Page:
YouTube’s Live-Streaming Potential for Sports is Growing

After representing Middle Earth in the Lord of the Rings films, New Zealand is once again the epicenter for fantasy and hopes sprung to life. Yesterday, YouTube secured broadcasting rights to the Bundesliga and will begin showing its soccer matches on Friday in real time from Germany. Time zone differences will be awfully tough on the Kiwis as a 2:30 Friday afternoon game goes live at 12:30 am in New Zealand. Ruined sleep patterns aside, merely seeing Google take live streaming so seriously could open up a new competition for sports broadcasting rights.

The Latest_Bundesliga Twitter account was among the first to break the cord cutter friendly news:

Sports Business Daily (subscription required) noted YouTube — and by extension Google — is also allowed to show additional games and highlights from the league, but as replays and not live.

YouTube previously streamed the opening match of Bundesliga season here in the United States, a matchup between three-time reigning champ Bayern Munich and Hamburg last Friday. With Fox Soccer owning the broadcast rights here, the game was streamed via their soccer page.

It’s hard to imagine YouTube not being interesting in the broadcast world, as they’ve been in the live streaming business for some time now, really kicking things off with their stream of the 2012 London Olympics. With events ranging from traditional sports to extreme and esports, as well as general content creators also getting in on the live broadcast game, YouTube already has a massive user base, huge infrastructure behind it, as well as name recognition and familiarity.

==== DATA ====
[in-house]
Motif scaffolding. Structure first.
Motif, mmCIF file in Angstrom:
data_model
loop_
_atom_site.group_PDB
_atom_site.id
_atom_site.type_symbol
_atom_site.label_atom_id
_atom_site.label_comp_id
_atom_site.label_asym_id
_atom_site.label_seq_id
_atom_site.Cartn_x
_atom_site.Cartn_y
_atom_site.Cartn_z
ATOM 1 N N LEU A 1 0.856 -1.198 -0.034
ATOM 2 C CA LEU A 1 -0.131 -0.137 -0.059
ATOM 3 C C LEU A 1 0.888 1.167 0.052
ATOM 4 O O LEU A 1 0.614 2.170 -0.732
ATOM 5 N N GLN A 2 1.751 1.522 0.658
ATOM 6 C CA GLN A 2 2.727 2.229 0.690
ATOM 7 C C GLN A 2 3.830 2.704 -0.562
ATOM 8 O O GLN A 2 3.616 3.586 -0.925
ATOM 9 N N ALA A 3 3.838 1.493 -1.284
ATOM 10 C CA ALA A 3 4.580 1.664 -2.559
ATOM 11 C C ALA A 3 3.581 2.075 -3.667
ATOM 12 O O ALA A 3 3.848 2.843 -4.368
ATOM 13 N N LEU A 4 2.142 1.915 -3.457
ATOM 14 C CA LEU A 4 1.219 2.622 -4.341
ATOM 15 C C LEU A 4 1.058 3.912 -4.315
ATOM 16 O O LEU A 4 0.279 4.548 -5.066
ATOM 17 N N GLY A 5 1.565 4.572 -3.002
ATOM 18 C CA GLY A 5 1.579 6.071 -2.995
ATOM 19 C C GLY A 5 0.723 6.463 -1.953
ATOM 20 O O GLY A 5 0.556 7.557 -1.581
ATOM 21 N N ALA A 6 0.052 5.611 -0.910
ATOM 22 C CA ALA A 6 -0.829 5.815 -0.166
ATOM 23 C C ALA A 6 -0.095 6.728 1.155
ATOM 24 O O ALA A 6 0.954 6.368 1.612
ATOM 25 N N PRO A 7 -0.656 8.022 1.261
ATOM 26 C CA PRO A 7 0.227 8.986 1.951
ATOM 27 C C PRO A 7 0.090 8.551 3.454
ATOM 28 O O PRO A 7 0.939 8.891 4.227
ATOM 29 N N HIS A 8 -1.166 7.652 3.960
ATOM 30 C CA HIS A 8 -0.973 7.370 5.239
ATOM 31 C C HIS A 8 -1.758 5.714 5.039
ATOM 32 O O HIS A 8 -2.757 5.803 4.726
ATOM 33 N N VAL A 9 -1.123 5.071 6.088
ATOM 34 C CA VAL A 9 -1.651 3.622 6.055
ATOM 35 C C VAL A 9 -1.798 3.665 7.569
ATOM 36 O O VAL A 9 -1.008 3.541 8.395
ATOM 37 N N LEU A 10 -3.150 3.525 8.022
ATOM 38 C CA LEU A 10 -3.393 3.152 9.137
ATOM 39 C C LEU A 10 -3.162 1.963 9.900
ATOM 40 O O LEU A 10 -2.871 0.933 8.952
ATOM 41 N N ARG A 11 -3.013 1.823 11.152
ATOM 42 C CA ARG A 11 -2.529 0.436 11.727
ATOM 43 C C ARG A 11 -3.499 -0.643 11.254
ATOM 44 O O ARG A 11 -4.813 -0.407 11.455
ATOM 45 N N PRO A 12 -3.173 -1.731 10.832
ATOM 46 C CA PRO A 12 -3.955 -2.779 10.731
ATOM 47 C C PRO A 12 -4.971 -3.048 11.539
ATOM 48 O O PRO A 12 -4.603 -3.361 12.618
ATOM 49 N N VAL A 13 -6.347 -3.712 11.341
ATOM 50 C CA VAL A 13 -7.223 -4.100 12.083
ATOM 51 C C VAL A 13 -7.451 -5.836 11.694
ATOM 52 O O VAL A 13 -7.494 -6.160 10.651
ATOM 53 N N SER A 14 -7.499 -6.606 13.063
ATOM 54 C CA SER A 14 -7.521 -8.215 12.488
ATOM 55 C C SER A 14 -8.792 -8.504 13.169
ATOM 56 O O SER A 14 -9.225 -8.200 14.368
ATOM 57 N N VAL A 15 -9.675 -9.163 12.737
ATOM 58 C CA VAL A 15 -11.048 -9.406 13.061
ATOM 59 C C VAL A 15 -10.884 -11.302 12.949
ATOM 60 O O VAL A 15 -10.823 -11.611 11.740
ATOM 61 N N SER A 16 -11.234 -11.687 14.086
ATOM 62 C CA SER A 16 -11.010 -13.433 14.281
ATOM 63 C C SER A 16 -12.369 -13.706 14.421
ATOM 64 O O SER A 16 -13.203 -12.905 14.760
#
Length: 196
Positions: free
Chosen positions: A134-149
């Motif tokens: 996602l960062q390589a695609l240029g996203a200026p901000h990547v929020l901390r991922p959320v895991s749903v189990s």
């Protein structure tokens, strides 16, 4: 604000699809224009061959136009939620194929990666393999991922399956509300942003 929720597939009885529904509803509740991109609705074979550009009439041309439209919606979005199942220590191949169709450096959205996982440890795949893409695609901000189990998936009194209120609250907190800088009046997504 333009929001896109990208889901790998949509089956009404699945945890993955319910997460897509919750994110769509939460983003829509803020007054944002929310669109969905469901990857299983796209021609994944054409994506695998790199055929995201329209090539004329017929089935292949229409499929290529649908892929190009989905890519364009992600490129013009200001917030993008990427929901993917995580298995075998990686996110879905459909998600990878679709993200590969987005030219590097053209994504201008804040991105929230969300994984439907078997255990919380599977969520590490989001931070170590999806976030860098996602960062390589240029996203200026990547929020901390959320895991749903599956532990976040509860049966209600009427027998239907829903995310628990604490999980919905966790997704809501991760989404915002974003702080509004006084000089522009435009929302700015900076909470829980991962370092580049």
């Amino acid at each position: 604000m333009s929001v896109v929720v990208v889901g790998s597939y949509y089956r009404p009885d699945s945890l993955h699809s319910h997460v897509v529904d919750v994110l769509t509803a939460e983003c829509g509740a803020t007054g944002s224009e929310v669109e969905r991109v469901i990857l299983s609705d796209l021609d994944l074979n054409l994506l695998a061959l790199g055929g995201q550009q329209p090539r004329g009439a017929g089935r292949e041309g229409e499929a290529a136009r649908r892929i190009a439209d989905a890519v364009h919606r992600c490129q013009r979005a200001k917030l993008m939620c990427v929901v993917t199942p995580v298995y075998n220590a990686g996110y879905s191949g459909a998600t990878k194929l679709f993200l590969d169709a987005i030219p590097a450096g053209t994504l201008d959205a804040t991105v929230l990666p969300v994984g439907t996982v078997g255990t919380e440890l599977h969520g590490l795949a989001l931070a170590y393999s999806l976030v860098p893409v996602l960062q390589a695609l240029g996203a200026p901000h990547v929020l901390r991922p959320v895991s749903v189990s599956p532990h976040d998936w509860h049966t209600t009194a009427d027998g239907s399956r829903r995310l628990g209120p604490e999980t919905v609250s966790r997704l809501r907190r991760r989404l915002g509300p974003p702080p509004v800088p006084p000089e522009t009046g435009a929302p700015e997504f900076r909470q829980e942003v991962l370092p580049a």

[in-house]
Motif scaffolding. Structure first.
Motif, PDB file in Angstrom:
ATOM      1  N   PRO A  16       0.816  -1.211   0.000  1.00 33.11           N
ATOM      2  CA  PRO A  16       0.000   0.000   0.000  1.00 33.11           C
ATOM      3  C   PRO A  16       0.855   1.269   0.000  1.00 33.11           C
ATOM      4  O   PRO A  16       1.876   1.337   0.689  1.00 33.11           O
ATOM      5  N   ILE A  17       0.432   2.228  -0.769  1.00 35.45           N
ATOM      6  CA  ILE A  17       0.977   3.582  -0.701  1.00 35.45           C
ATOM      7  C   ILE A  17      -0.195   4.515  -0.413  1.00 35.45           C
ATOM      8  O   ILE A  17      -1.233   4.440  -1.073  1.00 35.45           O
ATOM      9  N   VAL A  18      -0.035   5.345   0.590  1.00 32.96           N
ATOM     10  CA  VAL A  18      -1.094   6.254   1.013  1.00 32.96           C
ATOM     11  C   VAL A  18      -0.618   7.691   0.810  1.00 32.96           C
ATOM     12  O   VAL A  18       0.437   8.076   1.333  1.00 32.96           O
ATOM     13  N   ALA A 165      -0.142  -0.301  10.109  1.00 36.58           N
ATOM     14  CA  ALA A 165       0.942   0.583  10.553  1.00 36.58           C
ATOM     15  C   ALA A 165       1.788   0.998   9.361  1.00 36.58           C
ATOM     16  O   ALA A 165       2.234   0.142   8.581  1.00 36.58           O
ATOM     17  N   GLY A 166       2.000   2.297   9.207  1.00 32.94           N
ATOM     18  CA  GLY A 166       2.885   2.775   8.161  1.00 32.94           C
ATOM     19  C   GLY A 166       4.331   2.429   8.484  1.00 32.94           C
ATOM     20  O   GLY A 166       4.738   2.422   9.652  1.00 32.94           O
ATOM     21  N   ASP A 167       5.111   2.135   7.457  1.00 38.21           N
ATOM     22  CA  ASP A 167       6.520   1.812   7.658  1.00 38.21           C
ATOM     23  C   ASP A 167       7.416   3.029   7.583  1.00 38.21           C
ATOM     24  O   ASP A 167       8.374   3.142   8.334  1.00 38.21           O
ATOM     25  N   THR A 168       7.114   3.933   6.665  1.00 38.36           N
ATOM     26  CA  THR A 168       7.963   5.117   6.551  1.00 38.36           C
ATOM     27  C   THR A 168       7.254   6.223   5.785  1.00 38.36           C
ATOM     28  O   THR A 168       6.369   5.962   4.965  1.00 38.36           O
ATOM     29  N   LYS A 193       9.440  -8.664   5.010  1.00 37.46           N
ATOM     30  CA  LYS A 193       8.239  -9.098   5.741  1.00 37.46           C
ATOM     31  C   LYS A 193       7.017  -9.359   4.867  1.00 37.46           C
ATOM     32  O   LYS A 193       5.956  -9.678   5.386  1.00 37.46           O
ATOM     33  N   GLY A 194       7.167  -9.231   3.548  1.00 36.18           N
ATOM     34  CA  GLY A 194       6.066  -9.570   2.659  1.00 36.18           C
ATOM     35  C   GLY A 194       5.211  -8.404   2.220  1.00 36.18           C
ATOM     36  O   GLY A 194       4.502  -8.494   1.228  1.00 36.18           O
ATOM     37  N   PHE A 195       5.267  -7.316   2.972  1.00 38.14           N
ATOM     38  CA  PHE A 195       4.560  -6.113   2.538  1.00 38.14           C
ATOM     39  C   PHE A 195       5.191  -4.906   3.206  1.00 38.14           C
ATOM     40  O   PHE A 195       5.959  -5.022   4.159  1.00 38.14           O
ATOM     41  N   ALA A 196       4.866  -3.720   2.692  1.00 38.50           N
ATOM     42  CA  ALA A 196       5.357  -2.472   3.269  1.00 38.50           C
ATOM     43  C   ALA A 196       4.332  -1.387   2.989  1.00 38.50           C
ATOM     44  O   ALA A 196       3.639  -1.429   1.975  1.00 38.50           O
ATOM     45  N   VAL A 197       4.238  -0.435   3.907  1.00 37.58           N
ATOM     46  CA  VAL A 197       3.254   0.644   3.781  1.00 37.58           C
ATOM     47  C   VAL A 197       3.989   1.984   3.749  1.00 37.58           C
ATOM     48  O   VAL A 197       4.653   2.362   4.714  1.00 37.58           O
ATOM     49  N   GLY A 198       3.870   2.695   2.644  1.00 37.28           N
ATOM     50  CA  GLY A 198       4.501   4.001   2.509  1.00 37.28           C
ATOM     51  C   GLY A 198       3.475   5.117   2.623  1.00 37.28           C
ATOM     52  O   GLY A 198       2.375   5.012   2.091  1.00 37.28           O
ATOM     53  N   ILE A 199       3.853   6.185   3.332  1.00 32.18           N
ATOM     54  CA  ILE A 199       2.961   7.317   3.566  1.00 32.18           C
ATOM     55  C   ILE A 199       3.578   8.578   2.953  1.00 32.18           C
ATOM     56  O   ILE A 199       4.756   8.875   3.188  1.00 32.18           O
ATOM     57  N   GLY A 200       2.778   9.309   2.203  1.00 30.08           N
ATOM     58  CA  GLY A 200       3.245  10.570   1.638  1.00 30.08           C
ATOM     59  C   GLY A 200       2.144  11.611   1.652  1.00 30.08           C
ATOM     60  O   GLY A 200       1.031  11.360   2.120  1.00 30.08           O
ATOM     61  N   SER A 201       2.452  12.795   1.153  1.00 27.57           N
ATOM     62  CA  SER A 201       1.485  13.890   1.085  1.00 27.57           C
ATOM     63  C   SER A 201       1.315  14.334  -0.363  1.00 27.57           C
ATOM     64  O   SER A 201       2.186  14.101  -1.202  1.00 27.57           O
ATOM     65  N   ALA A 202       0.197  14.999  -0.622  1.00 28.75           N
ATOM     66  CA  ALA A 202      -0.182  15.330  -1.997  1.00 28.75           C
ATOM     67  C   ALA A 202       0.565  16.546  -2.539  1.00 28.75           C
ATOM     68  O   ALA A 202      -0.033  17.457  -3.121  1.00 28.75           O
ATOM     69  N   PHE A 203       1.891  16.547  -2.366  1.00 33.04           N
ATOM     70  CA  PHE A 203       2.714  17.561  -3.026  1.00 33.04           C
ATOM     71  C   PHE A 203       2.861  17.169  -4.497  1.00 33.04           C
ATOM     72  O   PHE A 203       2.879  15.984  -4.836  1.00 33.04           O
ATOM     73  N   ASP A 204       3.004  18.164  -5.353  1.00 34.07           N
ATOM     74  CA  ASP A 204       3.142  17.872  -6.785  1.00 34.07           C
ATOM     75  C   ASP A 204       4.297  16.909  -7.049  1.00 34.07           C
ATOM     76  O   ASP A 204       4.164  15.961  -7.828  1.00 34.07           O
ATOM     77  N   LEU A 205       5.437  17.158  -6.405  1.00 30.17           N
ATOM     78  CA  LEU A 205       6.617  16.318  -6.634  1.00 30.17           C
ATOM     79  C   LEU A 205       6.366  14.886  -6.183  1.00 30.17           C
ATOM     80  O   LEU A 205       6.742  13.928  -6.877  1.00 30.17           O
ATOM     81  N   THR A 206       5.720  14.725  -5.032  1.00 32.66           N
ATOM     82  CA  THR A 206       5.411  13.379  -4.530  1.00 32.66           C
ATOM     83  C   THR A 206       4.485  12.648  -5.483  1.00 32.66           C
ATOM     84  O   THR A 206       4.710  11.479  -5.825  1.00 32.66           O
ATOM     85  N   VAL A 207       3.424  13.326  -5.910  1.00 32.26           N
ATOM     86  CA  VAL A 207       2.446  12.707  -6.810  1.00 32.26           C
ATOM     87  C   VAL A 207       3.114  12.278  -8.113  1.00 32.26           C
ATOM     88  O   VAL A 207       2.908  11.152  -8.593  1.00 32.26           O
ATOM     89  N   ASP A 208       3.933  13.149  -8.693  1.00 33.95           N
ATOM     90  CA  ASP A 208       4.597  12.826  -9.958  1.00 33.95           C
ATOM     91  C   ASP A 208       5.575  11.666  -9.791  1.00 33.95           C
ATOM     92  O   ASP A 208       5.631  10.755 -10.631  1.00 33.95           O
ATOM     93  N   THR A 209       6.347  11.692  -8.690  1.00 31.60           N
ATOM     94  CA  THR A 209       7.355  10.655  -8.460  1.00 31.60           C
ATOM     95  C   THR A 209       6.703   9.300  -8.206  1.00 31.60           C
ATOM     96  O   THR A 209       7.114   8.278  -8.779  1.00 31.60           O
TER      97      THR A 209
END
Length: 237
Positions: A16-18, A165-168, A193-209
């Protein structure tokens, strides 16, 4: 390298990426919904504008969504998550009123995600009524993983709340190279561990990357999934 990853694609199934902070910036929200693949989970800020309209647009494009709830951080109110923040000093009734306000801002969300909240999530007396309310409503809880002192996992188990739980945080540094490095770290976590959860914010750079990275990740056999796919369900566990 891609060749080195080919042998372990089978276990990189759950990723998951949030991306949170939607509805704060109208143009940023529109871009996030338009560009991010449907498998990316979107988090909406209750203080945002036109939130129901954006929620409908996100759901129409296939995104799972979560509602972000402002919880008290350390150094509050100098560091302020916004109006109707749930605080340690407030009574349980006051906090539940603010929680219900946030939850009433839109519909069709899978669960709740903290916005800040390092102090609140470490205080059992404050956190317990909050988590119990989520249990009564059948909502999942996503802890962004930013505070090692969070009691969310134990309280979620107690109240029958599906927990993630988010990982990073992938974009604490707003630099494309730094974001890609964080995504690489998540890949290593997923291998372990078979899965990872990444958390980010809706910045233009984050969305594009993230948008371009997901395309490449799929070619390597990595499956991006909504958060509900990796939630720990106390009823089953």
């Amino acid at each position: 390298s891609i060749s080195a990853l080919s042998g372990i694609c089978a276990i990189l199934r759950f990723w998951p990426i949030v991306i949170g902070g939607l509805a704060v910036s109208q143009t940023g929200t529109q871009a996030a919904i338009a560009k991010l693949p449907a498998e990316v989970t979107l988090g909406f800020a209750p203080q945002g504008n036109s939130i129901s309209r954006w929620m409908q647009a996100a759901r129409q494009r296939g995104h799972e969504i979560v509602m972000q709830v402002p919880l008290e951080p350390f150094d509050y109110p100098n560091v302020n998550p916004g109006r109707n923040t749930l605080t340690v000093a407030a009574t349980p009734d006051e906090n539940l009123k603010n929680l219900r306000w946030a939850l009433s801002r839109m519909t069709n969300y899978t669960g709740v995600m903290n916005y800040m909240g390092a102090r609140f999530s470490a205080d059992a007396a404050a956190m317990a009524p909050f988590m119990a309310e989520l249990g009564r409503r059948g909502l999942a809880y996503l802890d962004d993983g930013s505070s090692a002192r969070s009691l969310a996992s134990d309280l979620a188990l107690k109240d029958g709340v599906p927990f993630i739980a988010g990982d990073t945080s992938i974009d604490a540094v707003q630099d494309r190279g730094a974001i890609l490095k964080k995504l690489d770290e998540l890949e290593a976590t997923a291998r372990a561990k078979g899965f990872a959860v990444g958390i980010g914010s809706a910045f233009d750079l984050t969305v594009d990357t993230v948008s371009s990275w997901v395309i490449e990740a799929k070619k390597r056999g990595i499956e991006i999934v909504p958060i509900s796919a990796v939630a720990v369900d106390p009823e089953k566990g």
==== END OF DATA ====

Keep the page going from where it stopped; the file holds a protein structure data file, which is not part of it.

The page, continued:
Further emphasis has been placed on YT’s trend of embracing esports as they streamed Dota 2’s largest yearly tournament, The International 5. At TI5, 16 qualified teams from around the world competed for a prize pool of over $18.4 million, with more than $6.6 million going to the winning team. Factor in the soon to be released YouTube Gaming platform, an aptly named area specifically for the broadcast of esports, speed runs, Let’s plays and more, clearly Google has taken a keen interest in bringing live content to people. Google securing the rights in New Zealand with their ~5 million residents could be a guinea pig or stepping stone of sorts for bigger things on the horizon here in the US. According to their second quarter 2015 report, Google increased revenue to $17.7 billion and revenue growth of 11 percent year-over-year. Ruth Porat, Google CFO commented on the revenue, specifically noting YouTube, said:

Our strong Q2 results reflect continued growth across the breadth of our products, most notably core search, where mobile stood out, as well as YouTube and programmatic advertising. We are focused every day on developing big new opportunities across a wide range of businesses. We will do so with great care regarding resource allocation.

Unfortunately it’s impossible to distinctly separate YouTube’s revenue stream from Google’s numerous other ventures, however it isn’t hard to imagine YouTube comparing similarly to traditional networks. Given that other broadcasting network reports don’t separate their revenue streams channel by channel, these numbers for sports networks should be taken with a grain of salt. CBS’s Q2 2015 report disclosed a $3.2 billion, increasing 1 percent compared to last year. Disney, owners of sports giants ESPN and ABC amongst other channels, reported Q2 earnings at $2.1 billion this season. Time Warner, controllers of TNT, and TBS et al. posted $7.3 billion, up 8 percent compared to 2014.

With plenty of money, a desired market for more streamed sports and clear goals moving towards streaming live broadcasts, Google and YouTube could once again transform the way the every person consumes their favorite sports, news and other media.

You can catch David spouting off about baseball, soccer, esports and other things by following him on twitter, @davidwiers.

Comments are closed.